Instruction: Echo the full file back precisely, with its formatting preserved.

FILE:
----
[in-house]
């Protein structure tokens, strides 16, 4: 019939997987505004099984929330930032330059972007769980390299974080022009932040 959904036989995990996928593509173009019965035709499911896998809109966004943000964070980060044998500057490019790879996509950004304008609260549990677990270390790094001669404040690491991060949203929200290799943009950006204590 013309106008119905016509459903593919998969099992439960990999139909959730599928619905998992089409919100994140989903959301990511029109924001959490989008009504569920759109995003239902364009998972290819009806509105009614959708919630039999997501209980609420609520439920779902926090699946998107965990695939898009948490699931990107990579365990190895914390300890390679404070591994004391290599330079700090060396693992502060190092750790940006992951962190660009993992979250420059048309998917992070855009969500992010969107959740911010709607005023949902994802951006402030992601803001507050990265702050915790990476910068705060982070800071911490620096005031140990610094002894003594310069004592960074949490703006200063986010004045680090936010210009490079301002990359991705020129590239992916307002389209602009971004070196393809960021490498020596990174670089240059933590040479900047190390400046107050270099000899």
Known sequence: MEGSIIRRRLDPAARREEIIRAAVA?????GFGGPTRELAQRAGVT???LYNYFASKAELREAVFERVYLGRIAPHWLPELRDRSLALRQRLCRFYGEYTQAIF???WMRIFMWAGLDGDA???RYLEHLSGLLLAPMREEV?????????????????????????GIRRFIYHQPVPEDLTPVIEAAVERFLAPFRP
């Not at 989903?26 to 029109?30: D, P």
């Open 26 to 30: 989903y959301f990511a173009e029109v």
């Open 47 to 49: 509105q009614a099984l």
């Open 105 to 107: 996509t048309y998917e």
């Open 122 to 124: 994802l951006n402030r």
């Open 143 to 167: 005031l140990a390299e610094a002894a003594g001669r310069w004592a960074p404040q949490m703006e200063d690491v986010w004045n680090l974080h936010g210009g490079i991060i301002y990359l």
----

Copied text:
[in-house]
């Protein structure tokens, strides 16, 4: 019939997987505004099984929330930032330059972007769980390299974080022009932040 959904036989995990996928593509173009019965035709499911896998809109966004943000964070980060044998500057490019790879996509950004304008609260549990677990270390790094001669404040690491991060949203929200290799943009950006204590 013309106008119905016509459903593919998969099992439960990999139909959730599928619905998992089409919100994140989903959301990511029109924001959490989008009504569920759109995003239902364009998972290819009806509105009614959708919630039999997501209980609420609520439920779902926090699946998107965990695939898009948490699931990107990579365990190895914390300890390679404070591994004391290599330079700090060396693992502060190092750790940006992951962190660009993992979250420059048309998917992070855009969500992010969107959740911010709607005023949902994802951006402030992601803001507050990265702050915790990476910068705060982070800071911490620096005031140990610094002894003594310069004592960074949490703006200063986010004045680090936010210009490079301002990359991705020129590239992916307002389209602009971004070196393809960021490498020596990174670089240059933590040479900047190390400046107050270099000899």
Known sequence: MEGSIIRRRLDPAARREEIIRAAVA?????GFGGPTRELAQRAGVT???LYNYFASKAELREAVFERVYLGRIAPHWLPELRDRSLALRQRLCRFYGEYTQAIF???WMRIFMWAGLDGDA???RYLEHLSGLLLAPMREEV?????????????????????????GIRRFIYHQPVPEDLTPVIEAAVERFLAPFRP
């Not at 989903?26 to 029109?30: D, P």
């Open 26 to 30: 989903y959301f990511a173009e029109v």
């Open 47 to 49: 509105q009614a099984l």
């Open 105 to 107: 996509t048309y998917e």
């Open 122 to 124: 994802l951006n402030r």
């Open 143 to 167: 005031l140990a390299e610094a002894a003594g001669r310069w004592a960074p404040q949490m703006e200063d690491v986010w004045n680090l974080h936010g210009g490079i991060i301002y990359l």